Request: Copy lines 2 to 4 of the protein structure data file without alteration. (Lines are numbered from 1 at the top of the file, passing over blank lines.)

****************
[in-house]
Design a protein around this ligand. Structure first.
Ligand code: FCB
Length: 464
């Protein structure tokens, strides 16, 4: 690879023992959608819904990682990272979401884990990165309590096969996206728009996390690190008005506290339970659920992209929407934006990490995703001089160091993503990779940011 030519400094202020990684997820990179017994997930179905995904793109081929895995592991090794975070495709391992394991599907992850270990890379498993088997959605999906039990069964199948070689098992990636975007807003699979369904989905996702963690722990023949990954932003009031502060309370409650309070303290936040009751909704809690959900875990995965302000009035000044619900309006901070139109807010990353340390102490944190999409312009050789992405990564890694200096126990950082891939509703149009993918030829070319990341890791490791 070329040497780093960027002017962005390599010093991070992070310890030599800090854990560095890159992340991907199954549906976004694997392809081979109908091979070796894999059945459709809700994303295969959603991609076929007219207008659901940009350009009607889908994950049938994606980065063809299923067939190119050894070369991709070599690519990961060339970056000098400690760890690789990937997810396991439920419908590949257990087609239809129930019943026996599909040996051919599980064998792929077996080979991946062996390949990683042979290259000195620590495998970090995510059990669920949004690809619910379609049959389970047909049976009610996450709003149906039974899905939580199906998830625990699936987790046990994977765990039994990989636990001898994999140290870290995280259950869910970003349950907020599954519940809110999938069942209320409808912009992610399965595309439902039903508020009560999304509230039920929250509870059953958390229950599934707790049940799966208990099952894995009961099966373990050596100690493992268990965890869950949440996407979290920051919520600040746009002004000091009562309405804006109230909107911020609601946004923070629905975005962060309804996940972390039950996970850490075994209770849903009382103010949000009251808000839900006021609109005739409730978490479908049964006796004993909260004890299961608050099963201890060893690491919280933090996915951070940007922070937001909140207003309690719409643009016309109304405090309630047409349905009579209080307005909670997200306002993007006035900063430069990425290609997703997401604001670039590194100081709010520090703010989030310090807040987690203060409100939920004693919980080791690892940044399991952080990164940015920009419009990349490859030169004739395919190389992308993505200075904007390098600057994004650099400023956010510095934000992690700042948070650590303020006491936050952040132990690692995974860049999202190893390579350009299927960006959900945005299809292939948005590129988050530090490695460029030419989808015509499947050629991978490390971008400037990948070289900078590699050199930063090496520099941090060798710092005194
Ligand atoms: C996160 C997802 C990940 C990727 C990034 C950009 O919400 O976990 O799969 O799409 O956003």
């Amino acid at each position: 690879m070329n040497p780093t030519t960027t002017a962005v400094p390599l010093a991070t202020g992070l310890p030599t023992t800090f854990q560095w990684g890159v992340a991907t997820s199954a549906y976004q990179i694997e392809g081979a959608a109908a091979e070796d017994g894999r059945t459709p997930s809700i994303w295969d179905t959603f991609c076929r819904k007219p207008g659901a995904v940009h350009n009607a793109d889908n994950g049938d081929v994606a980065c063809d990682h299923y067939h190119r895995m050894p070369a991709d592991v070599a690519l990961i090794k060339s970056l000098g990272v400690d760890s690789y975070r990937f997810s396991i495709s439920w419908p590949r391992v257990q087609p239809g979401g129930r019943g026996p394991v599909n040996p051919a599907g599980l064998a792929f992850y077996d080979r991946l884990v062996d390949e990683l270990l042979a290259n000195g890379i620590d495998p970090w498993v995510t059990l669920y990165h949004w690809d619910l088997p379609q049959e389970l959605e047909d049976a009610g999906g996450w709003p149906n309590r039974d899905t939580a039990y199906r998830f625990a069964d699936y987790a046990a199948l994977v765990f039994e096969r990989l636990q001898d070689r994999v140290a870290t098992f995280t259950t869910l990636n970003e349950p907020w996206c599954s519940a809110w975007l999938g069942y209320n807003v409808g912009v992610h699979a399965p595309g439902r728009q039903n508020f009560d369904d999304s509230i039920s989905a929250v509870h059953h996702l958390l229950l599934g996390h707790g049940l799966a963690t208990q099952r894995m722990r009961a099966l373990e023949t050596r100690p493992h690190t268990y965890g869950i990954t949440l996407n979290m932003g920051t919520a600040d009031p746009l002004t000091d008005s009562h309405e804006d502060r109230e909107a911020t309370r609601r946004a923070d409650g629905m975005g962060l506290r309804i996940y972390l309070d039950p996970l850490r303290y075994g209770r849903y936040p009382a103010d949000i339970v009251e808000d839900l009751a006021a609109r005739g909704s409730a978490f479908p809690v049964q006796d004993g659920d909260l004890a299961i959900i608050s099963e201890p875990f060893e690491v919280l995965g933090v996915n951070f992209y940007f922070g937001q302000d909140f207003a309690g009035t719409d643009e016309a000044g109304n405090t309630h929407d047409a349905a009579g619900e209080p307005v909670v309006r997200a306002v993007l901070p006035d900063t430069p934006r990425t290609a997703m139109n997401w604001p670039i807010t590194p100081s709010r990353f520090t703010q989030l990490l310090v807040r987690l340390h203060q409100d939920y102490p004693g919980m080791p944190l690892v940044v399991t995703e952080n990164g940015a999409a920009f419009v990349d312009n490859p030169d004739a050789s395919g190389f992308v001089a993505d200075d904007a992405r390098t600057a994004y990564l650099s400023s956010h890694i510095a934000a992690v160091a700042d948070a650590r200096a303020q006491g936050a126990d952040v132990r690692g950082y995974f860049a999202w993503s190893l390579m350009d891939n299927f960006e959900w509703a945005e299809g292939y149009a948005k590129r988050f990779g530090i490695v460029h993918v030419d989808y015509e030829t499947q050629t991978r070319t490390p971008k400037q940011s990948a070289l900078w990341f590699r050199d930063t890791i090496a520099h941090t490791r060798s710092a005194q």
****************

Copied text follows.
Design a protein around this ligand. Structure first.
Ligand code: FCB
Length: 464